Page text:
Political scientists have also noted that today Parliaments can be compared to theaters in another, negative way. Theater may be beautiful and inspiring, but it is not reality. Parliaments may become just the theatrical part of politics, while the real decisions are taken by cabinet ministers, bureaucrats, and judges, whose deliberations are less visible to the public but much more effective.
Italy, where I live, is one of the countries that has witnessed the prevalence of the judiciary over the legislative. Judges have created and defeated governments by investigating the right person at the right time and letting the media know what they were doing, no matter what the final outcome of the trials would be. Burke believed that the Parliament was where theatre happened while courts of law, at least in Britain, rarely admitted an audience and proceeded in a less exciting way. But today we see a theatralization of the judiciary as well, particularly of the prosecutorial function. Prosecutors act theatrically and become media stars, as the case of Prosecutor Hou in the Tai Ji Men case (and in other cases he handled) clearly demonstrated.
The prosecutors’ theatre may be more powerful than the parliamentary theatre. It is not about the law; it is about the media. Prosecutor Hou in the Tai Ji Men case violated many laws. Parliamentarians protested against his excesses. Yet, his theatrical antics pleased some media, which nicknamed him the “Rambo prosecutor,” and the Parliament, or other institutions, never managed to have him sanctioned.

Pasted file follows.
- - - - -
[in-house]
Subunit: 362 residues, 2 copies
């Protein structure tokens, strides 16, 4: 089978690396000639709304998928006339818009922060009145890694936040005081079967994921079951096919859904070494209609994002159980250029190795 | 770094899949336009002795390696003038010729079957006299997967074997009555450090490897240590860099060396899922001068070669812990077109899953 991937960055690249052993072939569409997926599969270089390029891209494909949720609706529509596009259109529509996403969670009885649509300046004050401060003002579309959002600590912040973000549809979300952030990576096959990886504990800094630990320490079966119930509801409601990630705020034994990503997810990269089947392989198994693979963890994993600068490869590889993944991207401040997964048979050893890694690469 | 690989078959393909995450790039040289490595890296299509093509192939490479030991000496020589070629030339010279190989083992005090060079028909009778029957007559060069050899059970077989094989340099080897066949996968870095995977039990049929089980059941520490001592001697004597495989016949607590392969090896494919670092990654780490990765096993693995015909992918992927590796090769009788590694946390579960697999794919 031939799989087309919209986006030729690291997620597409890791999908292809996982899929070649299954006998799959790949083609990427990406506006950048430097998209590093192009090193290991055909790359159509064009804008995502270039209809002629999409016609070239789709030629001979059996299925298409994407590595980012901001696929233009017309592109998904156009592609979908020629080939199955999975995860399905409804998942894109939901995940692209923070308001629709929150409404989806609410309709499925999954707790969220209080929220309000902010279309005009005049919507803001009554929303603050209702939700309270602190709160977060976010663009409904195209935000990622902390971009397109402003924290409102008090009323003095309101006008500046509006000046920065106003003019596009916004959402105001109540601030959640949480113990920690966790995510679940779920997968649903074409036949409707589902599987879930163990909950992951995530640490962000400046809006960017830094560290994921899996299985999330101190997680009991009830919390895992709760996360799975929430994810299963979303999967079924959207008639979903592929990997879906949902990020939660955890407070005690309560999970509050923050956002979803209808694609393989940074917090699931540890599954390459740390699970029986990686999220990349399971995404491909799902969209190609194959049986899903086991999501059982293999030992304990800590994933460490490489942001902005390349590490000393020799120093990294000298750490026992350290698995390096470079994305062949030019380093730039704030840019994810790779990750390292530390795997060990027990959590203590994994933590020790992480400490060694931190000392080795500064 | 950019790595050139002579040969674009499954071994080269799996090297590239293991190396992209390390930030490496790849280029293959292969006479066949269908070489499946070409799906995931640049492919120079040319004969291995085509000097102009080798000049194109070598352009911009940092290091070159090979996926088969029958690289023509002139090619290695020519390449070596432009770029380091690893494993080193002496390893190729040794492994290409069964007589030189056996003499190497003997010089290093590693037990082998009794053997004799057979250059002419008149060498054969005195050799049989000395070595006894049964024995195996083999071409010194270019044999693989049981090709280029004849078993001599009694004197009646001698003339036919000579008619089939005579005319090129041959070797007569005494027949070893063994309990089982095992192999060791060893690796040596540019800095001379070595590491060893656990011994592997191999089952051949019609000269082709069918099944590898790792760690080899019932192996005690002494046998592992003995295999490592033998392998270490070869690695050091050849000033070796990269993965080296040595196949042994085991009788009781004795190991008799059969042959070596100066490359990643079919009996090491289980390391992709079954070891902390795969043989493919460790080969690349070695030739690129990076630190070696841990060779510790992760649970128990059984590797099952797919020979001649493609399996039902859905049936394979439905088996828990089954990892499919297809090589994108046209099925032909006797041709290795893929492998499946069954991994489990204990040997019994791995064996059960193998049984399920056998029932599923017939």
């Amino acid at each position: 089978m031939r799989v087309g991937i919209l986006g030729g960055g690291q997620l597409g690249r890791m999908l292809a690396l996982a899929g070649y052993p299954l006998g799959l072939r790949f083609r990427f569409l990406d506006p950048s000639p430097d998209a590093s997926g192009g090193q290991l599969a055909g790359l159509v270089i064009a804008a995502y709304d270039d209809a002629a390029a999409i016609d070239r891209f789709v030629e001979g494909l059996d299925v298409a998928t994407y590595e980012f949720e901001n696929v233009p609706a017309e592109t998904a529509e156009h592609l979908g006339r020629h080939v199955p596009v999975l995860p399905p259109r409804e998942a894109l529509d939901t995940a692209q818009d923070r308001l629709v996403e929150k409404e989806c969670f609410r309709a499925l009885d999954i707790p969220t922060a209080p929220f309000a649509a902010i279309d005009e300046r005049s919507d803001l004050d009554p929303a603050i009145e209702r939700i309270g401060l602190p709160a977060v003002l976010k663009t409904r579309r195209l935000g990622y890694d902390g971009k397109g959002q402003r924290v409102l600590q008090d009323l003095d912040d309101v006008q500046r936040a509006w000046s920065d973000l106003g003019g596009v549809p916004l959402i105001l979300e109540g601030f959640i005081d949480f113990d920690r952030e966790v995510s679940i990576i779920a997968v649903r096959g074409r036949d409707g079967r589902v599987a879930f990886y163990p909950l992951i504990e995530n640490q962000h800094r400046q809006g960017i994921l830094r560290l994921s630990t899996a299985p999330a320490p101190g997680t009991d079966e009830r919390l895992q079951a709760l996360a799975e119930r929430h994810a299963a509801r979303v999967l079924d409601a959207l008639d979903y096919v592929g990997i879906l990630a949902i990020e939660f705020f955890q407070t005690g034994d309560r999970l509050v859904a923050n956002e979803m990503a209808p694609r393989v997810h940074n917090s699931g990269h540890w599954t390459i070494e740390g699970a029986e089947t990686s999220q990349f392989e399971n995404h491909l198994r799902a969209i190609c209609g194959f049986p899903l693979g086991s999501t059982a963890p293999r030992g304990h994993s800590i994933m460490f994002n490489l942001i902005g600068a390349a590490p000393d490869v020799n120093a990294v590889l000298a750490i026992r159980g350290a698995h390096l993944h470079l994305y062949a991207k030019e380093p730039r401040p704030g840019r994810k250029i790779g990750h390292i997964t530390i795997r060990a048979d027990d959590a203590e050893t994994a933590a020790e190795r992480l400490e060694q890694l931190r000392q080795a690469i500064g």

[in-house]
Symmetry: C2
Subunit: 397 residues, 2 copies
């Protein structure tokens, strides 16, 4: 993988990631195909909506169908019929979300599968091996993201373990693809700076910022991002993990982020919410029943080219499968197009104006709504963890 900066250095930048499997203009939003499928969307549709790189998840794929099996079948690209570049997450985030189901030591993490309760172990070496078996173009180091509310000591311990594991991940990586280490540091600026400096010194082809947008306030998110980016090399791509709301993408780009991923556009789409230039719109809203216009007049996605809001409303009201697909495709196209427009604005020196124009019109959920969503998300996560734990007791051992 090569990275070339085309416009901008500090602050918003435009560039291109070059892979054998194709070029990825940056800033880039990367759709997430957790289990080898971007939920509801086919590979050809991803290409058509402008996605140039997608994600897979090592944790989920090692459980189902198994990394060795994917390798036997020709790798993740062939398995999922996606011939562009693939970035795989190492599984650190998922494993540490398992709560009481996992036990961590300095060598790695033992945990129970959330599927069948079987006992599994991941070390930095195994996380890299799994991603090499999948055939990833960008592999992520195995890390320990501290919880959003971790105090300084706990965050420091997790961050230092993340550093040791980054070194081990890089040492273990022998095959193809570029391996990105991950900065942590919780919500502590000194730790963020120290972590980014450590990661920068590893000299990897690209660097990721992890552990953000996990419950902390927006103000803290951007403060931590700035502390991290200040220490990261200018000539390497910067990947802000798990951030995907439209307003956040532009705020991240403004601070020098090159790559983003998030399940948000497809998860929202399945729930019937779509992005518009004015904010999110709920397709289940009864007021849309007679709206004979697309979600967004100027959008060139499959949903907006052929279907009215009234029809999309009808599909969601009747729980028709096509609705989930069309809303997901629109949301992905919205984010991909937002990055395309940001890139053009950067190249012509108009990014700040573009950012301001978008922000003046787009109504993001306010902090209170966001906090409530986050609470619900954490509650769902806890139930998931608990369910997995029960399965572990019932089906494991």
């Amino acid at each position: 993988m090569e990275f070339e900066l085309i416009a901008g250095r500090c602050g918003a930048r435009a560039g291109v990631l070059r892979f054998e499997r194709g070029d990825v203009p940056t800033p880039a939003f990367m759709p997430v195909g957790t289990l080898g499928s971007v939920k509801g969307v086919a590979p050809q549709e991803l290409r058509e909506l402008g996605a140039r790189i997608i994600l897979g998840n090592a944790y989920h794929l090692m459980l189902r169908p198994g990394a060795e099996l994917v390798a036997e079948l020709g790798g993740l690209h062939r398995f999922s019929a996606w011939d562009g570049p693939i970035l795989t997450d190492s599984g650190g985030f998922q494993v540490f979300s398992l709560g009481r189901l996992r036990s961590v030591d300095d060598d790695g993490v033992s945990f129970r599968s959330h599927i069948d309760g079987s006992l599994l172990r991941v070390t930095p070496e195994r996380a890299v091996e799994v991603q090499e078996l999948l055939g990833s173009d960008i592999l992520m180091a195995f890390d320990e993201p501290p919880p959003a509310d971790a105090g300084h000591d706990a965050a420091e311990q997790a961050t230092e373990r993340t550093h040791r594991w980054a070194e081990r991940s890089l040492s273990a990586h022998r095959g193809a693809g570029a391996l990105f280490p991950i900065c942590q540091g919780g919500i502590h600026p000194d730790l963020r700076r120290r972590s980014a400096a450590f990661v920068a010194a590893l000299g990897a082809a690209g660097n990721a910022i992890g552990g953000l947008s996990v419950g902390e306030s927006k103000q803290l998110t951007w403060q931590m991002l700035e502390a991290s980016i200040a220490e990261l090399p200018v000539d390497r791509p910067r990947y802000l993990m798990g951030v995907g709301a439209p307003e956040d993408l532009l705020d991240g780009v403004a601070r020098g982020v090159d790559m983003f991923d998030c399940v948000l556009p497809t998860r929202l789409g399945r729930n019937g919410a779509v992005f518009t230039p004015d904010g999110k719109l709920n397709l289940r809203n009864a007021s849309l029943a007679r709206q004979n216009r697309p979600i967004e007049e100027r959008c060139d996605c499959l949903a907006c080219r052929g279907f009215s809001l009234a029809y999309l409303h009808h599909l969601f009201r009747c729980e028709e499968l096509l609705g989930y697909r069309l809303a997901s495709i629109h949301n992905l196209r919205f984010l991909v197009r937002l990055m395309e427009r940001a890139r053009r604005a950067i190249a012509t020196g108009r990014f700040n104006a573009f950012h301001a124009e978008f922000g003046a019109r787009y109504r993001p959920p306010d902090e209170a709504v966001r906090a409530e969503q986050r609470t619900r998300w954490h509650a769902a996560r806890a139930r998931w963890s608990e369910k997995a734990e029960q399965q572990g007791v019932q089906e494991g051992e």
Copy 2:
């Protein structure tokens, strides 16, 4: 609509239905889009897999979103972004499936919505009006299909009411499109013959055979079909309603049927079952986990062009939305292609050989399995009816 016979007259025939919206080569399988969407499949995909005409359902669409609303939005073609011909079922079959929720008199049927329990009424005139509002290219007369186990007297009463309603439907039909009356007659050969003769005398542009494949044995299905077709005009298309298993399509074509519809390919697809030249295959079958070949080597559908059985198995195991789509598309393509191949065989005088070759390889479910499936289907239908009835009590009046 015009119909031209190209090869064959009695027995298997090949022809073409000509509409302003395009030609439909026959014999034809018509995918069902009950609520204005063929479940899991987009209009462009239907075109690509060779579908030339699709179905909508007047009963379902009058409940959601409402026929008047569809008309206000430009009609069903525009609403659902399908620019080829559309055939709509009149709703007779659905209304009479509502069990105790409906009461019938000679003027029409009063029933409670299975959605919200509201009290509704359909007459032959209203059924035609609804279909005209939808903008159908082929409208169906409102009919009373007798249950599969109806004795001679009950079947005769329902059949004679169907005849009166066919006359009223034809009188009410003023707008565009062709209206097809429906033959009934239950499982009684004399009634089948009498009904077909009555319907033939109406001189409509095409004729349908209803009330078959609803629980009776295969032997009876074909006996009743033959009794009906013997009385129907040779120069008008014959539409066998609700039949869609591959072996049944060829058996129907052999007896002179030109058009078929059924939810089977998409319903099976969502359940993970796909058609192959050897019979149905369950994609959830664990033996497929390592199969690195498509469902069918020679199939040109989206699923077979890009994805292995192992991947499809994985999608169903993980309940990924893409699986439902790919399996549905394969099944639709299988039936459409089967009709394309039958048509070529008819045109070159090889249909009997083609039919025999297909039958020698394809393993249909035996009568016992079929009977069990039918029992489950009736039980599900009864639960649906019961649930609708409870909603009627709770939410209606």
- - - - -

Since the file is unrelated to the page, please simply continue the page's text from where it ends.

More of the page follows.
Bureaucrats are the antithesis of theater. They often operate in the shadows. While the Parliament plays for an audience, bureaucrats play for themselves and their deliberations are invisible—only, their effects are very much visible. Rogue bureaucrats may leave to the Parliaments both the visibility and the ineffectiveness of the theatre, while they keep the real power, and their abuses remain unchecked. Again, in the Tai Ji Men case, hundreds of parliamentarians asked the rogue tax and enforcement bureaucrats who were persecuting Tai Ji Men to stop their patently illegal actions. They got no results. Hundreds of legislators—no results.
This gives a strong impression that in Taiwan some bureaucrats believe they can leave the Legislative Yuan to perform its political theater, while they continue to run the real show and to do whatever they want, just ignoring the parliamentarians.
It does not happen only in Taiwan, but certainly Tai Ji Men’s is a spectacular case. It shows that the principle we celebrate in this International Day of Parliamentarianism is in a state of crisis, even in democratic societies. We should congratulate those MPs who fought a difficult fight and took a clear stand in this conflict opposing Tai Ji Men to a handful of rogue bureaucrats. However, we should also note that so far, the rogue bureaucrats won, and something should be done to restore both justice and the very credibility of a democratic Parliament.